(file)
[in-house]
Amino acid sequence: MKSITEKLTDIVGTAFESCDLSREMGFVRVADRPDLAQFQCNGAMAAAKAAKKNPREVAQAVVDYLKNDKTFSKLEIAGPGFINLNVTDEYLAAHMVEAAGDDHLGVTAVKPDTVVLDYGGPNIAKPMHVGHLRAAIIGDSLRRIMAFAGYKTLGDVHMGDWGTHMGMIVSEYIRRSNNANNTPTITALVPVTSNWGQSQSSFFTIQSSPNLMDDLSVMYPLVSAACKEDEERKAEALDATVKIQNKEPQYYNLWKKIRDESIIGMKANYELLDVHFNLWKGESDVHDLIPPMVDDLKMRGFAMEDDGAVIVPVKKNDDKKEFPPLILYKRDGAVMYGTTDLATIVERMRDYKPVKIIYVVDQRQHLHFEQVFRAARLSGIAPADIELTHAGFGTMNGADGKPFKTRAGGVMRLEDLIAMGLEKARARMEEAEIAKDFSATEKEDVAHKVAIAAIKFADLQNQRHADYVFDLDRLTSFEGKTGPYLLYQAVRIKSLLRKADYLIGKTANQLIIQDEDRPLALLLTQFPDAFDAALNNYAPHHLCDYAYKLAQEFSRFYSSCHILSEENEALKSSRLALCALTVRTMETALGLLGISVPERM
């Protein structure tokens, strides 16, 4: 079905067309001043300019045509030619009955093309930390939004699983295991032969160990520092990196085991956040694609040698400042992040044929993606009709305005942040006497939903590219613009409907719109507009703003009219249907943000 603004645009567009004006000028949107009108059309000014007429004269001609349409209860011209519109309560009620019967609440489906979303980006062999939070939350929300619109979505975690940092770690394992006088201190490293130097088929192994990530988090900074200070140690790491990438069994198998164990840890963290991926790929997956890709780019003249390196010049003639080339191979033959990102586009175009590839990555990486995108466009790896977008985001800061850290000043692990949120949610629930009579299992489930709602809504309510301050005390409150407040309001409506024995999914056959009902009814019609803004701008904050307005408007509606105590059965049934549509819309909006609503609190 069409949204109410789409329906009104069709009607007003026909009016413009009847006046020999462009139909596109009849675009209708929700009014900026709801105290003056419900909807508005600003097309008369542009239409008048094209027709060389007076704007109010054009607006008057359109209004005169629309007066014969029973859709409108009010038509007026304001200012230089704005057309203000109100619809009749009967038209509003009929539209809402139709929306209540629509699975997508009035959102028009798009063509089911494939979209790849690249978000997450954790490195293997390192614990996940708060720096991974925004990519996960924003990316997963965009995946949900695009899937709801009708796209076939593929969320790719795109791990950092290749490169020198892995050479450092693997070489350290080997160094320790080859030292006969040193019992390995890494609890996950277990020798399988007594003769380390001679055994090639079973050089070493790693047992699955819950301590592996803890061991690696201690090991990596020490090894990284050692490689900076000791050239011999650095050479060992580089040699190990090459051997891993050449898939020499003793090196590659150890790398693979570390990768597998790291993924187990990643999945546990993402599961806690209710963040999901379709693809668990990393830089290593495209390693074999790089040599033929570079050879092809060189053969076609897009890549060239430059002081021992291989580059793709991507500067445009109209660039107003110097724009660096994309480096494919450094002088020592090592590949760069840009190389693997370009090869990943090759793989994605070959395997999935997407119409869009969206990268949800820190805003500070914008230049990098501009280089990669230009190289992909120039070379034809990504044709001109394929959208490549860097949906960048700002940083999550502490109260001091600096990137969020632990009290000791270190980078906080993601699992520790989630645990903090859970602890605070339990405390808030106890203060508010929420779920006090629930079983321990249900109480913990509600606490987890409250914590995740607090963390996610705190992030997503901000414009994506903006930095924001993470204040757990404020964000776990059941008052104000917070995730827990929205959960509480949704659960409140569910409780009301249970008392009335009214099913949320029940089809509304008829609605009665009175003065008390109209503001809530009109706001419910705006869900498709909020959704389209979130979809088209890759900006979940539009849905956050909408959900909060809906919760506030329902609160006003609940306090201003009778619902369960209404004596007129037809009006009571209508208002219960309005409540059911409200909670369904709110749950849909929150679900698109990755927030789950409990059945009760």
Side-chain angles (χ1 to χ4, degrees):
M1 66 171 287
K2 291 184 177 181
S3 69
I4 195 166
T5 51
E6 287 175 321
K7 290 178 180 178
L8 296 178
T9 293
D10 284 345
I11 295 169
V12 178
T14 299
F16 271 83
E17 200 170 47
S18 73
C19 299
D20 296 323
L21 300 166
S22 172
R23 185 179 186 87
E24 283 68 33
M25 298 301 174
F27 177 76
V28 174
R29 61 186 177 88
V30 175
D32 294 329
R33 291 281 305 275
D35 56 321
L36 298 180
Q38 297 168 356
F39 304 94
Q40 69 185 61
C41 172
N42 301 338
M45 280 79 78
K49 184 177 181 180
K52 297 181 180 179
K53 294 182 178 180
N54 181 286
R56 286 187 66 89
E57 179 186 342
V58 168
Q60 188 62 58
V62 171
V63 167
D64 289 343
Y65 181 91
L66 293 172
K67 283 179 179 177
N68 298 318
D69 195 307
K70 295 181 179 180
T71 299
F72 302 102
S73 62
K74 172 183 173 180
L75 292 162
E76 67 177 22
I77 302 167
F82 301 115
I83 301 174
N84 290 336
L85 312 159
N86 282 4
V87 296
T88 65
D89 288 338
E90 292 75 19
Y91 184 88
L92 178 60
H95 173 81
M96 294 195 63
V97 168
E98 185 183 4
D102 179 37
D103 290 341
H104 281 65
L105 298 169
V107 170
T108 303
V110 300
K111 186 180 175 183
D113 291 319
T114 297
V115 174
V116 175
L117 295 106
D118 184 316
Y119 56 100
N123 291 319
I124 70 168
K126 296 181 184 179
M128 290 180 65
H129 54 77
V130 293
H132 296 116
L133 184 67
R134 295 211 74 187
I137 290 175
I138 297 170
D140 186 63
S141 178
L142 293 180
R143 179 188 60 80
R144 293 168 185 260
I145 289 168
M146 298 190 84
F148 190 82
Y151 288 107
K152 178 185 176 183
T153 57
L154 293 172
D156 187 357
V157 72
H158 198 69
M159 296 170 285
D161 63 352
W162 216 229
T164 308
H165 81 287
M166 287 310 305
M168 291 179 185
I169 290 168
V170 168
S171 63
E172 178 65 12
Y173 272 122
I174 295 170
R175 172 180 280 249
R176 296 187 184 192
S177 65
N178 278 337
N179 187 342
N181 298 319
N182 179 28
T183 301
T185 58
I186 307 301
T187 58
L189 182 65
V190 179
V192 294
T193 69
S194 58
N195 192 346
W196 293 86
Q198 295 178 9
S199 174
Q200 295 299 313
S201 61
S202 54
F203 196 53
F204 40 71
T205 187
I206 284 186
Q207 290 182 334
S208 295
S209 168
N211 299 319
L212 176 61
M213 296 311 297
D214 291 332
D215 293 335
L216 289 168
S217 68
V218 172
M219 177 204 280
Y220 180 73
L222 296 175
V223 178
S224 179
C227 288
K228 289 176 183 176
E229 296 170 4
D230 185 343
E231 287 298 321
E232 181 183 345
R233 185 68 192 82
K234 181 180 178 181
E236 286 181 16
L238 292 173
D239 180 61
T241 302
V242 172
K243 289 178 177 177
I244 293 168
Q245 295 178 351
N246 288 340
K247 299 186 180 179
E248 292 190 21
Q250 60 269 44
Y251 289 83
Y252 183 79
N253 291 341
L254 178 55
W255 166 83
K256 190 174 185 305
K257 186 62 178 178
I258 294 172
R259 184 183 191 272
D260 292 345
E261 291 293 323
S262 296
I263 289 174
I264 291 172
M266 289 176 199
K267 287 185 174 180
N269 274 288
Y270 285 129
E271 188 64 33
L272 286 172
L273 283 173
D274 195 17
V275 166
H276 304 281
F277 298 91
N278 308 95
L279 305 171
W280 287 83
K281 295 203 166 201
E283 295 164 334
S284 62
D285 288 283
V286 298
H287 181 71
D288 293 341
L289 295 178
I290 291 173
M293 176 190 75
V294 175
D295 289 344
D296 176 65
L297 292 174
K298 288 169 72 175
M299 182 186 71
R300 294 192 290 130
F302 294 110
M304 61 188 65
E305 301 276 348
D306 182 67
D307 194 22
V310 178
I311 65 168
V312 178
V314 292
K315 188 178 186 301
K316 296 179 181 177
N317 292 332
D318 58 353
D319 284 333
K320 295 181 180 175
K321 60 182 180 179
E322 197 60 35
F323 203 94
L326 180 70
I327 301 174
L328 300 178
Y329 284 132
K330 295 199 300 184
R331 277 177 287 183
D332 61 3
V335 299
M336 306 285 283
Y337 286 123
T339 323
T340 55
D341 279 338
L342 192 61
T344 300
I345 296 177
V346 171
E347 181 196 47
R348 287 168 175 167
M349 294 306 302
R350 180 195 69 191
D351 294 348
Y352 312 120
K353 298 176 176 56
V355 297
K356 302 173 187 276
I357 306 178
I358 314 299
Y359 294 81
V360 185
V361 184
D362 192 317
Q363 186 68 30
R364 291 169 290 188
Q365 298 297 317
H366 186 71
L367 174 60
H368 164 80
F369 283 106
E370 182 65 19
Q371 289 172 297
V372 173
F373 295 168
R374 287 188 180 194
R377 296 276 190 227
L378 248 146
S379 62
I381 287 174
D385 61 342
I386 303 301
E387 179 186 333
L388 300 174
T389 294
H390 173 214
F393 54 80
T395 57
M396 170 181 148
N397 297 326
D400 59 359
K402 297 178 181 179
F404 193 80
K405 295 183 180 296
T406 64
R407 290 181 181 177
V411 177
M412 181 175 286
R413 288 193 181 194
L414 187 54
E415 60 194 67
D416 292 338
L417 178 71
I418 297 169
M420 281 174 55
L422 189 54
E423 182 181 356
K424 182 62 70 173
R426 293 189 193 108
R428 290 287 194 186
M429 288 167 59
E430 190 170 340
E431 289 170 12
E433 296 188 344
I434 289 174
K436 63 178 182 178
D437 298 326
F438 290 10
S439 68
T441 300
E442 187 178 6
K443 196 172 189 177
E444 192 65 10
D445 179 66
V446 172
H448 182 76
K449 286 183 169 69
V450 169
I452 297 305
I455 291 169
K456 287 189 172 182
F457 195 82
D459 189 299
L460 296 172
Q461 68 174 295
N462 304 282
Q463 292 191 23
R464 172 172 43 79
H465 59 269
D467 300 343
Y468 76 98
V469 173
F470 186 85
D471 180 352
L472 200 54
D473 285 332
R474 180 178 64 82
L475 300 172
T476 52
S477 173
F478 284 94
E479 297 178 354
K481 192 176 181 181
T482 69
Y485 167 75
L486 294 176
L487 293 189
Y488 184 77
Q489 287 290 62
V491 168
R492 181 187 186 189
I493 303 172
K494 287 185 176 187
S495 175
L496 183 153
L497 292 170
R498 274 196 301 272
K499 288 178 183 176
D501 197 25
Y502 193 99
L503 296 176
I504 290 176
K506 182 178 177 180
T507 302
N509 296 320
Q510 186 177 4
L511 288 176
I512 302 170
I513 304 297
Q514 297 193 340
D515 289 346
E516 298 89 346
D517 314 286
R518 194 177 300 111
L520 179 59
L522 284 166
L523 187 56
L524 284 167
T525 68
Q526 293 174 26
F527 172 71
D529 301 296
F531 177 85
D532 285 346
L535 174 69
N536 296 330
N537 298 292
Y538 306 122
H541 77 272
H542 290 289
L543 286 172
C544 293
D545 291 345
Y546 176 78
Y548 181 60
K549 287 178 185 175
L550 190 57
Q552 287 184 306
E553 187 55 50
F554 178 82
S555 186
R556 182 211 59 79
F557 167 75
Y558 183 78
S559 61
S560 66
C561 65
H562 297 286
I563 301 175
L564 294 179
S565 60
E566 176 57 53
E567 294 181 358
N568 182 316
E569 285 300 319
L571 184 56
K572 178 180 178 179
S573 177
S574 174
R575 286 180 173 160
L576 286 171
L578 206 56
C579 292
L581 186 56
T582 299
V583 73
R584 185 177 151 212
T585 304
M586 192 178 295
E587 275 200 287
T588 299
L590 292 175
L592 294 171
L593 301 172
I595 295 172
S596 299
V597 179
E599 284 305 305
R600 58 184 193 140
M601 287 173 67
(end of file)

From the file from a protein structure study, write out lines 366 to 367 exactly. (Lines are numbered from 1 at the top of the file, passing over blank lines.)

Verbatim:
R464 172 172 43 79
H465 59 269